No. I do the job of a supervisor or manager without getting paid enough by the hour. Sometimes I think the owners just want to keep our hopes up with [promises of] raises in our wages and other opportunities, but they never happen, and that is very disappointing and frustrating.
Do you feel that the demanding nature of your work affects your ability to fully enjoy other areas of your life?
Yes and no. I would say that the nature of my job doesn’t [directly] affect my personal life, but what really affects my life is the lack of full-time [work] and benefits, and the hourly wage that I receive – things that I have been very loud and clear about with the owners.
Why did you become involved with ROC-Chicago?
I became involved with ROC-Chicago back in 2009 when I learned that they offered bartending classes. I needed proof that I was qualified to bartend, and they were offering certificates.
How has your involvement with ROC-Chicago affected your views on the restaurant industry?
I learned a lot. I knew the industry wasn’t close to being perfect, but didn’t know about a lot of stuff that I learned with ROC, like the policy-making [process] and the innumerable laws that restaurant owners break every single day. [I wasn’t aware of] all of my rights as a restaurant worker, or even as a human being. I think that working with ROC had helped me to become a better person in a lot of respects – especially in being more understanding of the problems we as restaurant workers face everyday, and in having more solidarity with my co-workers. I grew up in this industry, and it’s very sad to see the reality [of it], and sometimes not be able to do anything to change it.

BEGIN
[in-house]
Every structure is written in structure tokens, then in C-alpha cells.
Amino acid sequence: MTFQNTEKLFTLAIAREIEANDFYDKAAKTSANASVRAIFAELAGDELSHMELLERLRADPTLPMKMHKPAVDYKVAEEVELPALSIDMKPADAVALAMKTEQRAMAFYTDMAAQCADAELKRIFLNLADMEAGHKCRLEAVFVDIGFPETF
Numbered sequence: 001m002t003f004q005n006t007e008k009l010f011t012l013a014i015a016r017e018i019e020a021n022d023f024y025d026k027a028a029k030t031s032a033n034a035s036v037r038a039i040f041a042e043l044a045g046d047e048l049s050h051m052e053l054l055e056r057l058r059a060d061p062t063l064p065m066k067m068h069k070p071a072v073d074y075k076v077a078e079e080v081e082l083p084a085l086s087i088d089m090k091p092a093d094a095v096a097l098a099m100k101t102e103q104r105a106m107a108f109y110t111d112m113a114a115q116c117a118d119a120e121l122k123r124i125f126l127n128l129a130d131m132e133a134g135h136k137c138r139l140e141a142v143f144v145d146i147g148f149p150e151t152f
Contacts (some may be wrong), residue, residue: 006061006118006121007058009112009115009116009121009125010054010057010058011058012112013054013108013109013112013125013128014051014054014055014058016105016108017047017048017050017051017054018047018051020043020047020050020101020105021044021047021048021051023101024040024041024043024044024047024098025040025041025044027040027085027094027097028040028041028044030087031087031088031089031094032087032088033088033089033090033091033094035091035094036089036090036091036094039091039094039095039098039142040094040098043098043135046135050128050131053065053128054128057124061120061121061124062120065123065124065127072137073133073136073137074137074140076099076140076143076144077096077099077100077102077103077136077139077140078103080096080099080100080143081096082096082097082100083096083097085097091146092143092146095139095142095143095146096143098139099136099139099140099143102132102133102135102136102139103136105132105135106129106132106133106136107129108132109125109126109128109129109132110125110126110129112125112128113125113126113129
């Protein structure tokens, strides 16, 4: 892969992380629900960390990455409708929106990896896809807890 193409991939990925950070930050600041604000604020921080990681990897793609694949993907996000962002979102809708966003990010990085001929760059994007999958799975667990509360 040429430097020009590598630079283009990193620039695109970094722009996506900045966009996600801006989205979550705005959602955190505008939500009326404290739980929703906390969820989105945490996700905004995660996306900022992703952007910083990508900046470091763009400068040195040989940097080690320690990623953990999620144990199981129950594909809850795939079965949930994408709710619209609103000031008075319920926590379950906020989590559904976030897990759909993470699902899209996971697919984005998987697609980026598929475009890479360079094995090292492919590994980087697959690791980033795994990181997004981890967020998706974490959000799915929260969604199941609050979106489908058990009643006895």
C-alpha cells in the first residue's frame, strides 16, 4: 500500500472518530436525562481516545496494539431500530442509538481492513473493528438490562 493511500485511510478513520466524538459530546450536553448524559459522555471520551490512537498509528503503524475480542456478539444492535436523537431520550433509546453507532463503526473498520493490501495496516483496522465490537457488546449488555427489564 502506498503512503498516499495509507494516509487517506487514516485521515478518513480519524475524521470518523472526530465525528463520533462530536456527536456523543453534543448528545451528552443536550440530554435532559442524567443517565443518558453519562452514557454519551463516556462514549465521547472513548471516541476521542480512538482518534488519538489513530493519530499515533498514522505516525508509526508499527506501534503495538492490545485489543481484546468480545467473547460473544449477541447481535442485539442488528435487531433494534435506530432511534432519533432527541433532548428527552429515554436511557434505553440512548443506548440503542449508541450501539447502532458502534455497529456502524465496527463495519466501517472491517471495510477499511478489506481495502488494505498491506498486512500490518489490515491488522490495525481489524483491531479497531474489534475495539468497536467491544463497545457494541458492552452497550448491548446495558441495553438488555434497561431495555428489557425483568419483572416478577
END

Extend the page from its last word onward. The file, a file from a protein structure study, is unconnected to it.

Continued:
What do you think needs to change most urgently for workers in the restaurant industry?
First, raise the minimum wage, and increase awareness and education – not only with our representatives but [amongst] ourselves. Sometimes our jobs take a big percentage of our lives that we forget about. We [recognize], but ignore, the things that are wrong just because we need to support our families, and I believe that, in our culture, that needs to change.
What should be done to change it?
Create new laws. Create educational seminars and classes to teach our communities that keeping the people that work in one of the biggest and growing industries in the world in poverty creates more poverty and creates a circle that never ends – including in our families, schools, neighborhoods, and in the end, the whole nation and the world. There are many issues that we can address with [raising] the minimum wage, such as violence, government assistance, Social Security, small business, education, and health care. We need to educate our people and keep organizing restaurant workers. I believe that one day things will change, but we need to help [change them].
But the biggest thing that we need to change is the minimum wage – we need to increase the minimum wage! If we start with that, we can make a huge difference. I mean, four years with no increase in our wages, but a lot of increases in taxes, prices, gas, and even food? We also need to eliminate the US$2.13 federal hourly wage for tipped workers, which hasn’t changed in 22 years. We serve your food. We have families, and we are part of your communities and the society as a whole. What can I really buy with US$2.13? Not even a bus ride to my house.